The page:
21. d4 Simplest. White strengthens his centre before attacking
White intends to establish a strong pawn chain (b2-c3-d4-e5). Note that his King Bishop will be able to recycle itself via b1. Another interesting idea for White is to first play with his Knight: 21. Ne3!? c6 (21… d4?! 22. Qh5!) 22. Nf5.
Ivanchuk’s idea from the previous move. The Knight intends to go to e6 from where it can exert pressure on the White center.
22. Ng3 22. Qg4 is also possible 22… Ne6
(the immediate 22… c5 23. c3 Rc8 24. Rf1 is more or less the same as in the game)
Defending the centre and clearing the f-file. White’s attacking plans are all based on simple enough moves. He will put a Rook on the f-file, and if Black lets him his Knight will go to f5. The White Queen might also want to go to g4 or h5. If nothing else, he can then continue by doubling on the f-file and finally get his last piece into the fray with Bb1.
In essence, Black has all the problems in this position. He needs to prevent White from building up his attack and especially he needs counterplay. Where is his counterplay? It will be the lack of an obvious target or weakness in White’s position that will prove to be Black’s biggest frustration.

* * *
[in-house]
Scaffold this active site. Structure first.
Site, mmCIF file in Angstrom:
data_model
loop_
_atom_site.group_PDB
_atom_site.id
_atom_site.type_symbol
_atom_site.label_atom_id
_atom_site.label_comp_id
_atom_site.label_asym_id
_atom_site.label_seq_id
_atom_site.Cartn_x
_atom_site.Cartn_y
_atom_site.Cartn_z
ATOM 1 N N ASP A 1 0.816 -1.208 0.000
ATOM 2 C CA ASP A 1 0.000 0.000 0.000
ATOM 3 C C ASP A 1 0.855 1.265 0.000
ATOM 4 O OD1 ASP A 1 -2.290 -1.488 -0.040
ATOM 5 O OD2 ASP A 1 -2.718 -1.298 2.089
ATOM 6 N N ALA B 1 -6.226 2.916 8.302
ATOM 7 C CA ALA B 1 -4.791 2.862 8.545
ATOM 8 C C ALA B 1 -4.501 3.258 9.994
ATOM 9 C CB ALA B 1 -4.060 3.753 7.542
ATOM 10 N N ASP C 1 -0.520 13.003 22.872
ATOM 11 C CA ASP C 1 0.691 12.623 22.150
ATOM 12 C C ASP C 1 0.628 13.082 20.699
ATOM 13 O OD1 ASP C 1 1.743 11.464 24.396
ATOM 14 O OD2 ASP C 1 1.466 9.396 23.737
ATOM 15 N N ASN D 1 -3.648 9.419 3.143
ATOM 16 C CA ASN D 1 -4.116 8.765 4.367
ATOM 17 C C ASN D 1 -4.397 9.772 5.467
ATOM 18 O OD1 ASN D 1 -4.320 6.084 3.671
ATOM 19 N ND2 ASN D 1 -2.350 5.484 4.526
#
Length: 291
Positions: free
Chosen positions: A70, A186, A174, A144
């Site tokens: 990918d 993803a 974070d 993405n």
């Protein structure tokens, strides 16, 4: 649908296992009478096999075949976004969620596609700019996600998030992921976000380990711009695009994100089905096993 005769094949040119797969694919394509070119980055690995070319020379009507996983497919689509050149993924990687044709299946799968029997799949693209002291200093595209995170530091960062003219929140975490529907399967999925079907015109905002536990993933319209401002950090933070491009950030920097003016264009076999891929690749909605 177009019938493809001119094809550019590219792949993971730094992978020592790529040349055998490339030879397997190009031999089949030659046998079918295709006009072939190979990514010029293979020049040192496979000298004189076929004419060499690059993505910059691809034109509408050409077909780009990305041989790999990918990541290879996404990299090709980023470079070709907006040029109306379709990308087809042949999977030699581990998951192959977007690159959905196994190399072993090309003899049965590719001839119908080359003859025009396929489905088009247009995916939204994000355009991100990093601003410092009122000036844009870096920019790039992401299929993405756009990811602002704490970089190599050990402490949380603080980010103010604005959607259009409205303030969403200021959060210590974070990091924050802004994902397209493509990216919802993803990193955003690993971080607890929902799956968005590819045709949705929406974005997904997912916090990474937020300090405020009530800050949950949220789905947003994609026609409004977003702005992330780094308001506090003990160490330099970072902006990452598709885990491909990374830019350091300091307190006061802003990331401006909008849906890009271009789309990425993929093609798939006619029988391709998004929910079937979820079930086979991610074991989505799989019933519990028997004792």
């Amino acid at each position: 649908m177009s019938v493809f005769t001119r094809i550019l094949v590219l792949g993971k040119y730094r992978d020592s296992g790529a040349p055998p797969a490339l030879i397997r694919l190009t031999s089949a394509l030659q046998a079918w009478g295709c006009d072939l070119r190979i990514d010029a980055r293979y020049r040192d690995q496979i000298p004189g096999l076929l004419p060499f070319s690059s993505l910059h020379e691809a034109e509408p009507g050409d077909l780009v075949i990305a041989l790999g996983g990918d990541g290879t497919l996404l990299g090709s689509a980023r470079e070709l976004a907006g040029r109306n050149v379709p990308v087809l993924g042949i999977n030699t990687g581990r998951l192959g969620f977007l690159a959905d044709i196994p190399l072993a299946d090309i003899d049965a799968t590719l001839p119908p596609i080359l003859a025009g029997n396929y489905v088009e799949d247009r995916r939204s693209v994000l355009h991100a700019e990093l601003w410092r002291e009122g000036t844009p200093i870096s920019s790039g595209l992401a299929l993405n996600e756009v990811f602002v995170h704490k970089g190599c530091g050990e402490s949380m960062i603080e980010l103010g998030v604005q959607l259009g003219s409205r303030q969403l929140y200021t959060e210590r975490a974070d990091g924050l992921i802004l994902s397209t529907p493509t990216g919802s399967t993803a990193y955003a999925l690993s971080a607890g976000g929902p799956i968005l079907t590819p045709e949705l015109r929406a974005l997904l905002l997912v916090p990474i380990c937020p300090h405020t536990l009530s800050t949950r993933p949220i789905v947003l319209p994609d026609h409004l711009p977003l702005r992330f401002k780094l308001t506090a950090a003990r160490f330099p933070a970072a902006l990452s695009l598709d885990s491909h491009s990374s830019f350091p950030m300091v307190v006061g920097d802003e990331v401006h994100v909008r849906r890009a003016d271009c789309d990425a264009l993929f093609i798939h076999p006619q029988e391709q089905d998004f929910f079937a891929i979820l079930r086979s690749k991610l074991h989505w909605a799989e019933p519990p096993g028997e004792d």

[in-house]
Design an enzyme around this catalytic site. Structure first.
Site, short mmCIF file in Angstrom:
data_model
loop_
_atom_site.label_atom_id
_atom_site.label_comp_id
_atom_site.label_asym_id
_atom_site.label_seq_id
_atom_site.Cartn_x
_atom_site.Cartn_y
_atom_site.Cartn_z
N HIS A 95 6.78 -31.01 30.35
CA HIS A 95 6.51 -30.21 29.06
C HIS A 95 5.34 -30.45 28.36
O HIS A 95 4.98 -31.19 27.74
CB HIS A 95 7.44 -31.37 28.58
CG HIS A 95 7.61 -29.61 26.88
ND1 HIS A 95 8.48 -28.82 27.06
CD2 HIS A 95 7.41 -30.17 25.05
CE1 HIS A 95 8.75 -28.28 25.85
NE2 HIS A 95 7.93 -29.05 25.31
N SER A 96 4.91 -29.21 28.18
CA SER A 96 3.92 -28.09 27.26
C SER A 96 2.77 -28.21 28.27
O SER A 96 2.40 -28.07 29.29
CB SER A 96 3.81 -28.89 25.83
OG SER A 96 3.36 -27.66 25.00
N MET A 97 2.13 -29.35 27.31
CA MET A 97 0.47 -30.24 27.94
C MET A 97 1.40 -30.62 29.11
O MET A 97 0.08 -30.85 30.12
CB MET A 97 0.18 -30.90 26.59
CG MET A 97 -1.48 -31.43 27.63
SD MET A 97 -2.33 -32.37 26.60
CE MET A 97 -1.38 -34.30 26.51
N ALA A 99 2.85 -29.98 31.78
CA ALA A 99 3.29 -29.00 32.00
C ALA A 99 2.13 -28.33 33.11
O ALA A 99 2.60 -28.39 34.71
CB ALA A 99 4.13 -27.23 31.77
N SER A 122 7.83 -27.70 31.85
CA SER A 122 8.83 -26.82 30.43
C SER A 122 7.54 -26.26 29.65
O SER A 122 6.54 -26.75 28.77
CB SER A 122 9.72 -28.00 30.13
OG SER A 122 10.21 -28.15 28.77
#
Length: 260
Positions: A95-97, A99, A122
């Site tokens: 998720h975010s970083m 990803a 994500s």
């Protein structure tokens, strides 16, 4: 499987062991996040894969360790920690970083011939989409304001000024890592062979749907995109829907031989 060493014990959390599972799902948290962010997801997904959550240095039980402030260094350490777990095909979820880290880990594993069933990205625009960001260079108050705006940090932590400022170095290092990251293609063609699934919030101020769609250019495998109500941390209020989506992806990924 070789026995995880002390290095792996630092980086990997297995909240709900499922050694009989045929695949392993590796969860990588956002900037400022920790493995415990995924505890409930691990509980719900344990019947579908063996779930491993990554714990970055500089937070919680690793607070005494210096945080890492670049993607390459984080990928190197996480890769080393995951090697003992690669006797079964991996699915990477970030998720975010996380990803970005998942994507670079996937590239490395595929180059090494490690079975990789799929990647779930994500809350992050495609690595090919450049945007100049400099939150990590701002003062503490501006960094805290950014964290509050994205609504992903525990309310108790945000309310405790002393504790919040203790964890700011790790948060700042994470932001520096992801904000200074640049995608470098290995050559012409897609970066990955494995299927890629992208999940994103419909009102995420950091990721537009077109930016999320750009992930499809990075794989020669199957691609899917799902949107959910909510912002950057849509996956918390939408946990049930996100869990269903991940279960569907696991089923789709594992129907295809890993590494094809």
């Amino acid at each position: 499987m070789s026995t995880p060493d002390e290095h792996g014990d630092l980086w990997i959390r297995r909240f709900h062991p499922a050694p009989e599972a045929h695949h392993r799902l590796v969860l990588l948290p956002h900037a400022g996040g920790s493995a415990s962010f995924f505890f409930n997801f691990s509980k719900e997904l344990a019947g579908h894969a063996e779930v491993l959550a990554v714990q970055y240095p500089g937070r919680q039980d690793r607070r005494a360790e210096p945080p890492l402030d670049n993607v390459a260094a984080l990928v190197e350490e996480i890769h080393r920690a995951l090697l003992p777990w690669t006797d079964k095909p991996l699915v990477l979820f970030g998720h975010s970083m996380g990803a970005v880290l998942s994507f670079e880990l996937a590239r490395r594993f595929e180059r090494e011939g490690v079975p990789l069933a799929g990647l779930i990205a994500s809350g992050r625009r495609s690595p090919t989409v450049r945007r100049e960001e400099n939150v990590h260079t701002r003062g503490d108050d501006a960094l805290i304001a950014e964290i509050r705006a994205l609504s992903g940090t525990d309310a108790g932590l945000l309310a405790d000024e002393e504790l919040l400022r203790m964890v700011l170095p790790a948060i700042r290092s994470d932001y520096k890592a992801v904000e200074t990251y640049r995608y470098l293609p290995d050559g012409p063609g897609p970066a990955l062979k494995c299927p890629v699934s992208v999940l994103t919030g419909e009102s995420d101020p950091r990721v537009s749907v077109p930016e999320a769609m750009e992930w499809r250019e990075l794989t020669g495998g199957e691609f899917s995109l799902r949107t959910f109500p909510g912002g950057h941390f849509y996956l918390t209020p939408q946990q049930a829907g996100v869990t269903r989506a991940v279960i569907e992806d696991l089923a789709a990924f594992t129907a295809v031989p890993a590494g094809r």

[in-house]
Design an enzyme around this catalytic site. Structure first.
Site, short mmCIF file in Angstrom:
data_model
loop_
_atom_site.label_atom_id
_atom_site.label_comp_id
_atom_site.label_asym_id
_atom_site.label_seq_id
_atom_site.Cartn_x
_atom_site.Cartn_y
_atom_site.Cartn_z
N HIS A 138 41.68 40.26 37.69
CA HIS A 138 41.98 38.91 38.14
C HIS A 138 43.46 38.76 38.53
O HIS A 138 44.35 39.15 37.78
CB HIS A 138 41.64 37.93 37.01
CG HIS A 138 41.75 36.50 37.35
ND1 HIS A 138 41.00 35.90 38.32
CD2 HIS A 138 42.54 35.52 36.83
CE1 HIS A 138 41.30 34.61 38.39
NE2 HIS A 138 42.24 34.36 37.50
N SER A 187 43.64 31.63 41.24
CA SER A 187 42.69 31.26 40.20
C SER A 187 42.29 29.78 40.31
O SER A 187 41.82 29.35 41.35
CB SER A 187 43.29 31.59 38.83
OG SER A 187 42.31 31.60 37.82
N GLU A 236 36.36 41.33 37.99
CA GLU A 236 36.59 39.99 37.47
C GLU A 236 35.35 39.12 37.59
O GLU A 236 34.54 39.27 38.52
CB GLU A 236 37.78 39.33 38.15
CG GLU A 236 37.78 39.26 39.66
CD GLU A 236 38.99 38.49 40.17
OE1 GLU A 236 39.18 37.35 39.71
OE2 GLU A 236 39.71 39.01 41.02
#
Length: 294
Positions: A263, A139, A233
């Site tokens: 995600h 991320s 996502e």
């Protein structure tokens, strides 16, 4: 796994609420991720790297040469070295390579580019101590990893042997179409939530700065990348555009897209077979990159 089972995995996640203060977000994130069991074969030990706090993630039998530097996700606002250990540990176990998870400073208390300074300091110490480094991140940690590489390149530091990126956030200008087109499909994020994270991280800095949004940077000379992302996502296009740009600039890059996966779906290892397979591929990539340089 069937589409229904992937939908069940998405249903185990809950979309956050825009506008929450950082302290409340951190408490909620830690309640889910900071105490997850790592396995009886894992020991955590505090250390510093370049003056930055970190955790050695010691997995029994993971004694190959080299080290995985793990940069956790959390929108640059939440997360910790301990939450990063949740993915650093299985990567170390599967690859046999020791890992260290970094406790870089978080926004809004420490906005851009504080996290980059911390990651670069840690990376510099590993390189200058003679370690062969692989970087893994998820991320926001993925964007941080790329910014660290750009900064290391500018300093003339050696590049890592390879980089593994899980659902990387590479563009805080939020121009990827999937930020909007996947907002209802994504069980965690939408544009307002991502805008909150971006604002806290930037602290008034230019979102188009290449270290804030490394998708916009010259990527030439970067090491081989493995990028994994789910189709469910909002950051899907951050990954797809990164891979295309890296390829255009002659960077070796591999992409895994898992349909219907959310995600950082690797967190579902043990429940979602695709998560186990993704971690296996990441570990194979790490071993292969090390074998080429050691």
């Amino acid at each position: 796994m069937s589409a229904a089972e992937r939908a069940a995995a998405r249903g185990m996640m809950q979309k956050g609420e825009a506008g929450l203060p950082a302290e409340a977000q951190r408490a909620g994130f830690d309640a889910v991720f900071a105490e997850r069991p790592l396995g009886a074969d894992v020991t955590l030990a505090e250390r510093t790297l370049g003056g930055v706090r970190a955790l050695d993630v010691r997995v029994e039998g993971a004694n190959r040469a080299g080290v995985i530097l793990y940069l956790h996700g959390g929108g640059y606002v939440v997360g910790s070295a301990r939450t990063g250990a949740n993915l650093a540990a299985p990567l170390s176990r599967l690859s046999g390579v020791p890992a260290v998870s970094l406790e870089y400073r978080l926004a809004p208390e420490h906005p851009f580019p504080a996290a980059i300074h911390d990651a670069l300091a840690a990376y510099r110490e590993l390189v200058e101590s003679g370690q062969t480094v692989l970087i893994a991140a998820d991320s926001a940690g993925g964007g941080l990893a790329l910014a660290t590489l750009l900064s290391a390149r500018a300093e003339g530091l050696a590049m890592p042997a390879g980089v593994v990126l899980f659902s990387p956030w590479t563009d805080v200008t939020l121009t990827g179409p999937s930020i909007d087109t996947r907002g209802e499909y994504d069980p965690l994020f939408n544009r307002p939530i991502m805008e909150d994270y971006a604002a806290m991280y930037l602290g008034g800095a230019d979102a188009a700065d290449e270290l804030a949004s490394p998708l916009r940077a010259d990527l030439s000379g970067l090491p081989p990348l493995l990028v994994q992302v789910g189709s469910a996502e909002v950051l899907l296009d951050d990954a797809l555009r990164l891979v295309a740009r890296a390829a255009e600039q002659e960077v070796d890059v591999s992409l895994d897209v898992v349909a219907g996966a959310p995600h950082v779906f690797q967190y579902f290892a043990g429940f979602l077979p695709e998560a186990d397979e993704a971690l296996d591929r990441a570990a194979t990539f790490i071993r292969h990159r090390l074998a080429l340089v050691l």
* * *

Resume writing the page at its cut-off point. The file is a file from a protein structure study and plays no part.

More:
23… g6 Preventing Nf5
If instead 23… c5 then 24. c3 g6 25. Rf1 is just a transposition.
Taking control of the f-file
24… Bg7 25. c3
All according to plan so far. Isn’t chess simple!
Black must attack the White centre and get some sort of counterplay. Black has little to complain about in this position, but the problem is that 5 or 6 moves down the road White will have every single one of his pieces directed towards the Black King.
26. Qg4 !?
Typical Gashimov! Many grandmasters would prefer a slower build up with 26. Qd2!? and if 26… h5 27. Ne2 Rc8 28. Rf2 and doubling . Instead, Gashimov provokes Ivanchuk to play 26…h5 attacking the Queen. In that case he would most surely have continued with a piece sacrifice: 27. Nxh5! gh 28. Qxh5 Qc7 29. Rf2 followed by Raf1 and Bb1. Black would be paralyzed and with his King so wide open it is unlikely that he would have a defence.